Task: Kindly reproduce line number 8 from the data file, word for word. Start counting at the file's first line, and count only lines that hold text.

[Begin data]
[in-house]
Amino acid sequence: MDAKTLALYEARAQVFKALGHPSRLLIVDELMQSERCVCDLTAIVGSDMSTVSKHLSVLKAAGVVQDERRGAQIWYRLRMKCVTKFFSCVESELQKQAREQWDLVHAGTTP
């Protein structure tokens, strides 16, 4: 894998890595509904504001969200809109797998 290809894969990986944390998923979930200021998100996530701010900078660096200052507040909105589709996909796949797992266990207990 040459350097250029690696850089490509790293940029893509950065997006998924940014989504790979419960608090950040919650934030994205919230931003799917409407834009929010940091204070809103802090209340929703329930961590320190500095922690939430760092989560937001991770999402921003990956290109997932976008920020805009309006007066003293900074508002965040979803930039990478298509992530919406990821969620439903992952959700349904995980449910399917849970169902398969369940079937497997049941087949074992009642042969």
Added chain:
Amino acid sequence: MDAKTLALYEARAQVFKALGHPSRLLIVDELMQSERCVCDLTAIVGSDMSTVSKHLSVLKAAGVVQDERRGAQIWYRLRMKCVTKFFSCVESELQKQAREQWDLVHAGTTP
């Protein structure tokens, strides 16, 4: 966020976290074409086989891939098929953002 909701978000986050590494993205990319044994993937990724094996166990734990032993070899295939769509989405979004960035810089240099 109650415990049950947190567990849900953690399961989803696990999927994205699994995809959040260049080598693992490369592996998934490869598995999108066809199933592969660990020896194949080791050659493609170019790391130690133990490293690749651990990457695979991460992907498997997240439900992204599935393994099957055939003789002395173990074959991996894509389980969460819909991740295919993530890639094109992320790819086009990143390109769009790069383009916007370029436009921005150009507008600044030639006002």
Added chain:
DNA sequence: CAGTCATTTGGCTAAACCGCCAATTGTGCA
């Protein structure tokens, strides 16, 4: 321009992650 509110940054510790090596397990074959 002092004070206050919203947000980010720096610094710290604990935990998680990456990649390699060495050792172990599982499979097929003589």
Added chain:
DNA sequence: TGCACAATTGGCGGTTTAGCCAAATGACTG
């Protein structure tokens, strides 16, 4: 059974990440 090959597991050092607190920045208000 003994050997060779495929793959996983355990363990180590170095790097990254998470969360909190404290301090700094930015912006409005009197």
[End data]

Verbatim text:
DNA sequence: CAGTCATTTGGCTAAACCGCCAATTGTGCA